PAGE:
Reaper Man: The demise of Death

Reaper Man by Terry Pratchett science fiction book reviewsReaper Man by Terry Pratchett

Rfantasy book reviews science fiction book reviewseading Reaper Man in light of Terry Pratchett’s recent passing was particularly poignant. It is a book all about death, both figuratively and literally speaking. DISCWORLD fans will be familiar with the character of Death, who this book is largely about. Then, of course, there are the blustering wizards of the Unseen University in Ankh-Morpork, but that is not to say that readers new to the Discworld can’t pick this up as a stand-alone novel. So, what happens when Death is sacked? Utter chaos, apparently…

The mystical forces of the universe (who very specifically have no personalities or individual qualities to them) are not happy. Death has become too much of a character (a he, not an it) and it is simply not proper for the impersonal forces of the universe to have a personality. So Death is out of the job. He is given his own hourglass in which time is (rapidly) running out. Having never actually lived before now, Death goes off to enjoy the experience.

Meanwhile, elderly wizard Windle Poons has died —  except that without Death, he can’t move on, so has no choice but to return to his body. Thus Windle Poons, unlike Death, has more time on his hands than he’s ever had before. He happily goes along with the other wizards’ suggestion of burying him alive and staking him through the heart (though when the other wizards forget to bring the actual stake, they have to make do with a stick of celery).

The juxtaposition between these two storylines in Reaper Man is completely absorbing. Death’s time is finite, Windle Poons’ infinite, but both learn lessons they could never have imagined. Windle Poons is noticing the world for what feels like the first time, and everyone in it. He is paying attention. He is living like he never did when he was actually alive.DISCWORLD by Terry Pratchett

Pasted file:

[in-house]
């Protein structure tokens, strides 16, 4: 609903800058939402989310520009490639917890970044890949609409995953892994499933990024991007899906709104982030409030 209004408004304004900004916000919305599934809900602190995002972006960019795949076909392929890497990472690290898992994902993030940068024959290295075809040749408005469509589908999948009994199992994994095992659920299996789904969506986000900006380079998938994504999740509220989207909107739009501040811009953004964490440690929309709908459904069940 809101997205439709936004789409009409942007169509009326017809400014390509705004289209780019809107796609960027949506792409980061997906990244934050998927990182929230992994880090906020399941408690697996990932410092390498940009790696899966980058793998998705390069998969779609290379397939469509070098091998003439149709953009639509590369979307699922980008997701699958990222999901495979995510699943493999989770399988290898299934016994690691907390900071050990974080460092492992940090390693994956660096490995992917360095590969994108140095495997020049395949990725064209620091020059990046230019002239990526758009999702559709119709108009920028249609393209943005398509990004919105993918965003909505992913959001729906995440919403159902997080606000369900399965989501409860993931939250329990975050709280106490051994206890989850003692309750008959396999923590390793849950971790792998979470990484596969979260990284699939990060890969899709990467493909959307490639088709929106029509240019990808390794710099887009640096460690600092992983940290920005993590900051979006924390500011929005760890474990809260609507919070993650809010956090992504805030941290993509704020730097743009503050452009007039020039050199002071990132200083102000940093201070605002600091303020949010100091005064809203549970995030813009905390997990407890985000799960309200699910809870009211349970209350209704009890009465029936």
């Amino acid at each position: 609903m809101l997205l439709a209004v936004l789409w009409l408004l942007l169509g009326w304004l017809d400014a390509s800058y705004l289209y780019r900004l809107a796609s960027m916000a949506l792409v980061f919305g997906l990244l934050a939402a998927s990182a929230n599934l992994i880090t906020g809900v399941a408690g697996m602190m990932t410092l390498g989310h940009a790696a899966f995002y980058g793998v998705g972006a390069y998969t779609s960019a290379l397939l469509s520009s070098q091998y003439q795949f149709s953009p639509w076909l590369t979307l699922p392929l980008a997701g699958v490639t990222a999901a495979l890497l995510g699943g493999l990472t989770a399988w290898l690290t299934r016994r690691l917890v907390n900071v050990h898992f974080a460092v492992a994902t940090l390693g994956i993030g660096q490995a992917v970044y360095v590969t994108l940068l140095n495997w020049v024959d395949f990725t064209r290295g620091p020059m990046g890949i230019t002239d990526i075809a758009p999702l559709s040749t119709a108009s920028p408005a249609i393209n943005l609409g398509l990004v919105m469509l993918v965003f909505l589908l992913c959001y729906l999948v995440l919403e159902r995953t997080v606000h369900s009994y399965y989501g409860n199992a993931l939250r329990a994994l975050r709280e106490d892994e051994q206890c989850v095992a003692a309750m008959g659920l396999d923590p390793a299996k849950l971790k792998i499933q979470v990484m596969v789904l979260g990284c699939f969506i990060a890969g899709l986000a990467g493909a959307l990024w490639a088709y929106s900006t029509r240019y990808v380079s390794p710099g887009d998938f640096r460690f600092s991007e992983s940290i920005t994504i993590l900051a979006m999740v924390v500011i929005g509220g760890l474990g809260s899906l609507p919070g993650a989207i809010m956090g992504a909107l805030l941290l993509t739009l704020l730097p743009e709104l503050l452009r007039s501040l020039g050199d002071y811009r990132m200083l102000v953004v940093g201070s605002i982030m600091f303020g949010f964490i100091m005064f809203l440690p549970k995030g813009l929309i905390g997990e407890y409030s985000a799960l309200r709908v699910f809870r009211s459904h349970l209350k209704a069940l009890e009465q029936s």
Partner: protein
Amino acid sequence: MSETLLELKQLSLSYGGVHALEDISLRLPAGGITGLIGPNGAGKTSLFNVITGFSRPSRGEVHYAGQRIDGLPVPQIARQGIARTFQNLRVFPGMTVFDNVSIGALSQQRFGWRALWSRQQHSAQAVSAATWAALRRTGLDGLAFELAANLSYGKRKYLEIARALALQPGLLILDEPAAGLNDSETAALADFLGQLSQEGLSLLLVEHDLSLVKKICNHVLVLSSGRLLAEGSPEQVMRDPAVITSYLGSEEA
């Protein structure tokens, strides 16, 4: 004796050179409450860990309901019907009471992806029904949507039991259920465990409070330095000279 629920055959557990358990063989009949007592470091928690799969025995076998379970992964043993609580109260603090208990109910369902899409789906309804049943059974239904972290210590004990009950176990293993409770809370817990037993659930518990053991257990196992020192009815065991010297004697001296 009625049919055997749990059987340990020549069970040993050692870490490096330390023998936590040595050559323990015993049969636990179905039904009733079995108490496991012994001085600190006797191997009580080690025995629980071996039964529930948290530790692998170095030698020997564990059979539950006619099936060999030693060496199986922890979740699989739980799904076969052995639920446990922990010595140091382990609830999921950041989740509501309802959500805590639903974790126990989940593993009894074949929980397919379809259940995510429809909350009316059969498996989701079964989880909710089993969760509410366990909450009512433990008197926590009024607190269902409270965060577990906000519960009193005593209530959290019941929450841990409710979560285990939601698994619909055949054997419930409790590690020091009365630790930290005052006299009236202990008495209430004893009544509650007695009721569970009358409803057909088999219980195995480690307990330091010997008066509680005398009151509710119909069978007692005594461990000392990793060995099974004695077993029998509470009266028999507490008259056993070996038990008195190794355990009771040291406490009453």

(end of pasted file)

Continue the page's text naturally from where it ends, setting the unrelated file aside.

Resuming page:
Death, on the other hand, is running out of time and as a result becoming more and more human. He is living under the alias of Bill Door at the farmhouse of Miss Flitworth, an old widower, and putting his scythe to the more traditional use of reaping the harvest. He has dreams and experiences sarcasm, friendship and fear.

And so chaos unfolds. Without Death to lead spirits away, there is an excess of life on the Discworld. Snow globes begin to pop up out of nowhere and transform into sentient shopping trolleys with a tendency toward evil. Sound nuts? It is, really. And that is one of the few pitfalls of the book: the plot has a slight tendency to drift. Yet Pratchett has a wicked eye for the absurd, and while traditionalist readers will be poking holes in the storyline, other will get on board the romp through the chaos.

Structure or no, the story zips along with flair, and one thing cannot be denied: Pratchett does write excellent sentences. Full of puns, parody and witticisms, Pratchett’s prose sure does pack a punch. The dialogue fizzes with humour and wit at a pace that will leave readers breathless.

The storyline of Death (a.k.a. Bill Door) and Miss Flitworth is truly moving, but most poignant perhaps are the lessons we can learn about life in this book. “No-one is finally dead until the ripples they cause in the world die away,” Pratchett writes. “The span of someone’s life, they say, is only the core of their actual existence.” Those words are especially true of Pratchett’s own legacy. Discworld is alive and kicking and will continue to be so for years to come.

Discworld — (1983-2015) Discworld is a satirical fantasy world created by Terry Pratchett to poke fun at 1980s fantasy novels. Since then, they’ve evolved so that they now make fun of everything. Mr. Pratchett explains Discworld: “The world rides through space on the back of a turtle. This is one of the great ancient world myths, found wherever men and turtles are gathered together; the four elephants were an indo-European sophistication. The idea has been lying in the lumber room of legend for centuries. All I had to do was grab it and run away before the alarms went off… There are no maps. You can’t map a sense of humor. Anyway, what is a fantasy map but a space beyond which There Be Dragons? On the Discworld we know There Be Dragons Everywhere. They might not all have scales and forked tongues, but they Be Here all right, grinning and jostling and trying to sell you souvenirs.” The Discworld novels are presented here in publication order. To read more about the Discworld “arcs” and reading order, see this Wikipedia article.